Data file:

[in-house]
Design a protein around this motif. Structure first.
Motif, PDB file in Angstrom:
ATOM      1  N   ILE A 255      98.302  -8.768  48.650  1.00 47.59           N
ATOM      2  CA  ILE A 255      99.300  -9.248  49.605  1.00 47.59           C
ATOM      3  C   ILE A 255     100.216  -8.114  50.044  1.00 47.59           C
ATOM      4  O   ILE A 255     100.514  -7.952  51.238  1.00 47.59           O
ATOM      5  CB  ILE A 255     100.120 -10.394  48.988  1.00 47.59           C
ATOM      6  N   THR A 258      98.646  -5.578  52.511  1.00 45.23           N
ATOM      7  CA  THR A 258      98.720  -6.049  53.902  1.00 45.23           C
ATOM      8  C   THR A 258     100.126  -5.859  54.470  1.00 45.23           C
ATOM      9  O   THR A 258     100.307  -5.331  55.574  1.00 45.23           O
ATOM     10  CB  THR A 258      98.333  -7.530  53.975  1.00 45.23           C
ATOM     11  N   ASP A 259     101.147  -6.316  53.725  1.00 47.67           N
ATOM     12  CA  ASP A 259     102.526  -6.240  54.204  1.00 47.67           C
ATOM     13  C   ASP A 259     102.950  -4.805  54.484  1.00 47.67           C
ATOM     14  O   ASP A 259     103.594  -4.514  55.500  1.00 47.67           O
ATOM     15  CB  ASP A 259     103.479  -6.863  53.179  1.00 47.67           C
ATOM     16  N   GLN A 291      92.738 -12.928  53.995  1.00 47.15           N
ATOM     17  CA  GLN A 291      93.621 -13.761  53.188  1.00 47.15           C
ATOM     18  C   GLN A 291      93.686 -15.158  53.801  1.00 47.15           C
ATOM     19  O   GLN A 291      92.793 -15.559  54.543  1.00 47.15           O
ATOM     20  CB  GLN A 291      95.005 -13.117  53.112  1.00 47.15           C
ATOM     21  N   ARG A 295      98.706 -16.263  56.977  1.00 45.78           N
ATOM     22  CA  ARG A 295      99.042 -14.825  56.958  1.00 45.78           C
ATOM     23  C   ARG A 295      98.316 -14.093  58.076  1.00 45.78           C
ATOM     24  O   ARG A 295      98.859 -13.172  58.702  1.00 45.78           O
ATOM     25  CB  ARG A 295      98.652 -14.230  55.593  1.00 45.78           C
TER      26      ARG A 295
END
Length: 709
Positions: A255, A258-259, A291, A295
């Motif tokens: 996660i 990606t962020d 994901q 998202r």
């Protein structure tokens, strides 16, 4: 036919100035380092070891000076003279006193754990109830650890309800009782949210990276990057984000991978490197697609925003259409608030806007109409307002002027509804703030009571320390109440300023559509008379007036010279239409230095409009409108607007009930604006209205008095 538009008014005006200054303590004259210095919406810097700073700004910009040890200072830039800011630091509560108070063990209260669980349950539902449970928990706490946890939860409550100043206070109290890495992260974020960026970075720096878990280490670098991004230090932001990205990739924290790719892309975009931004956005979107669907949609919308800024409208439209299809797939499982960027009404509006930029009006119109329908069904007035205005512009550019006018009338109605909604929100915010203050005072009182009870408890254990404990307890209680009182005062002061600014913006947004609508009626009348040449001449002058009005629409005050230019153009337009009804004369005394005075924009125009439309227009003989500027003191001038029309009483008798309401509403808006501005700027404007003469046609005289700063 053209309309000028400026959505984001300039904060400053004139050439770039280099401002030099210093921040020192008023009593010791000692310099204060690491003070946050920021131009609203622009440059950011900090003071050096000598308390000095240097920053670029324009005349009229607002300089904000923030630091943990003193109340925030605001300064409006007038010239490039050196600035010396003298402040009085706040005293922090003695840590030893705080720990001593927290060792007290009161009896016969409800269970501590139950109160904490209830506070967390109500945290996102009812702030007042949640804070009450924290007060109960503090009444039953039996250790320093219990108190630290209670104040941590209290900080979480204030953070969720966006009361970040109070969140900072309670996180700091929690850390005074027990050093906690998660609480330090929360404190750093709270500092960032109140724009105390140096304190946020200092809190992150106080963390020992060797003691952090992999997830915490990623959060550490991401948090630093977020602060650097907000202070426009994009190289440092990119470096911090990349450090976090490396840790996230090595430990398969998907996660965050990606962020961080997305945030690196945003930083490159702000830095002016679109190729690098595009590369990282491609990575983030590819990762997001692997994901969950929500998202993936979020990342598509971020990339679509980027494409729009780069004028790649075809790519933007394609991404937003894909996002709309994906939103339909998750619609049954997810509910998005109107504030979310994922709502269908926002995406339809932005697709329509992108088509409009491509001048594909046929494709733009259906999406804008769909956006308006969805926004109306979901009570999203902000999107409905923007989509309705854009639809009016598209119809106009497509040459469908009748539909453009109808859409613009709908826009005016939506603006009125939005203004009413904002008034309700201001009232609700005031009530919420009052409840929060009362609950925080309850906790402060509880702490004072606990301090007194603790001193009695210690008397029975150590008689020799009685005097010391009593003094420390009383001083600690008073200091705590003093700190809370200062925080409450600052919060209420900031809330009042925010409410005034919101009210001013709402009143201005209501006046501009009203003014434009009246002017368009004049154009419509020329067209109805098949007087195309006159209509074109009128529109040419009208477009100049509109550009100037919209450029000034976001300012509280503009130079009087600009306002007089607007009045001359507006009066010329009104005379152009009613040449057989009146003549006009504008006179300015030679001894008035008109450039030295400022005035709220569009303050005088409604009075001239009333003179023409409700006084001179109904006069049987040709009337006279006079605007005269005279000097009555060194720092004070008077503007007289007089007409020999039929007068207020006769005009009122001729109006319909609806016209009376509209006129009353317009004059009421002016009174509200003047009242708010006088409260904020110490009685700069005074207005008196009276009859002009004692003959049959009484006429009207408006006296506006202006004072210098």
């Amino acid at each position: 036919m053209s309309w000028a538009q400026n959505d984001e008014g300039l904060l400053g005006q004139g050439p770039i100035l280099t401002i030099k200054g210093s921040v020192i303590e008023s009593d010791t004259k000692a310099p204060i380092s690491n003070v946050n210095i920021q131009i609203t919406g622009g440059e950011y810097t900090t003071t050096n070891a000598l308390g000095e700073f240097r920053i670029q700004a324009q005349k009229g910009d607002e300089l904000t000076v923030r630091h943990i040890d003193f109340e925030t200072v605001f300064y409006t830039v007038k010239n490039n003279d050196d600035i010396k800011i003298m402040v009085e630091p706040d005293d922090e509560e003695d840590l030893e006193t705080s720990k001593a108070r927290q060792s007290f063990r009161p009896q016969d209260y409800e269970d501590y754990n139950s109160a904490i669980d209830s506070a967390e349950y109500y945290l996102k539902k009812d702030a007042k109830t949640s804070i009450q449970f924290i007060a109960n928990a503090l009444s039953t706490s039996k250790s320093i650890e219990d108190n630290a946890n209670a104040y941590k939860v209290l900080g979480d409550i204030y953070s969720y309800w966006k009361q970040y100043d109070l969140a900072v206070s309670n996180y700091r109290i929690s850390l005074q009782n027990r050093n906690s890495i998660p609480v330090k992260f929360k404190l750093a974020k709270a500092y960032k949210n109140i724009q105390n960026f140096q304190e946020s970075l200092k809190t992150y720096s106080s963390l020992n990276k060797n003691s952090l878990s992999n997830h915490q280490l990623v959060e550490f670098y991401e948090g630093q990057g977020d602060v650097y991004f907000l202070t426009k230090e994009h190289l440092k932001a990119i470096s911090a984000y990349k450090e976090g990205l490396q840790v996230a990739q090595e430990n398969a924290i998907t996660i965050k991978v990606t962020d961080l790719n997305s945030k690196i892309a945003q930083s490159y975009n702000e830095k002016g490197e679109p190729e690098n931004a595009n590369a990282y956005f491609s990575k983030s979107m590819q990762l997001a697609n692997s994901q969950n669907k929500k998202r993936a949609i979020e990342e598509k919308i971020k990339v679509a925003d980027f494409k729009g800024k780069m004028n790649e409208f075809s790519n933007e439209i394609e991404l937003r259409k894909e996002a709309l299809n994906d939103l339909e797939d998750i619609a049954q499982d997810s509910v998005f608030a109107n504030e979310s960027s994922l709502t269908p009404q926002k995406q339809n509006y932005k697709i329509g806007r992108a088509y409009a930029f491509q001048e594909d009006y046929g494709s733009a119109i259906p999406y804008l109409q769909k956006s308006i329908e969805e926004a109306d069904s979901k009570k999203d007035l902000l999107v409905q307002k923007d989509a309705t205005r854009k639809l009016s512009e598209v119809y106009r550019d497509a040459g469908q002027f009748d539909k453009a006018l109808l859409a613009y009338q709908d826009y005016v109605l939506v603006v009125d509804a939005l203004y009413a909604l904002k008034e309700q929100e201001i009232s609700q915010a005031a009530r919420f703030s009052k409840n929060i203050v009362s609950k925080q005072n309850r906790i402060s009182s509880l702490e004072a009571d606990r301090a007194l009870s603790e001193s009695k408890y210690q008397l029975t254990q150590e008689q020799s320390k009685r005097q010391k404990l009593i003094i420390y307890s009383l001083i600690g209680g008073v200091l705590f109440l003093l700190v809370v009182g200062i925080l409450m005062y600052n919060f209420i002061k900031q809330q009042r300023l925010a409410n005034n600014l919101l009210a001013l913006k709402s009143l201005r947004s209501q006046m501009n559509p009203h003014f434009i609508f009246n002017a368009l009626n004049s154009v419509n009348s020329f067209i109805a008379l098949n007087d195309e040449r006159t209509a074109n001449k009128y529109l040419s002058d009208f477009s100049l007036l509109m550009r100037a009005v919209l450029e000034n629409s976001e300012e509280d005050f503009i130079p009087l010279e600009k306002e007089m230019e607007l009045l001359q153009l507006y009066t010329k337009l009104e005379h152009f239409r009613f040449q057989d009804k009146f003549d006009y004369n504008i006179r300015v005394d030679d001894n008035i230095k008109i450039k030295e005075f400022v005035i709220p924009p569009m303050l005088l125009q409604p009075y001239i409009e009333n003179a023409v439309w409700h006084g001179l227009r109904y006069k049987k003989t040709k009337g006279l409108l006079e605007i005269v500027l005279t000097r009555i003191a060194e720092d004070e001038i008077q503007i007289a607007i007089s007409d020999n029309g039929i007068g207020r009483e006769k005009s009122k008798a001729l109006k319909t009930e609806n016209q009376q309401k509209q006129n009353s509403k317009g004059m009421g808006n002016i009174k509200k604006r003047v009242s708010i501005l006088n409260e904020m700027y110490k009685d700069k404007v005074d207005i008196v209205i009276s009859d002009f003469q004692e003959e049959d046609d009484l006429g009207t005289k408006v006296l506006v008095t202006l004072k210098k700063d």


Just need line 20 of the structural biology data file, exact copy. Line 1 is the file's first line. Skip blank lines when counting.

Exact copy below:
ATOM     17  CA  GLN A 291      93.621 -13.761  53.188  1.00 47.15           C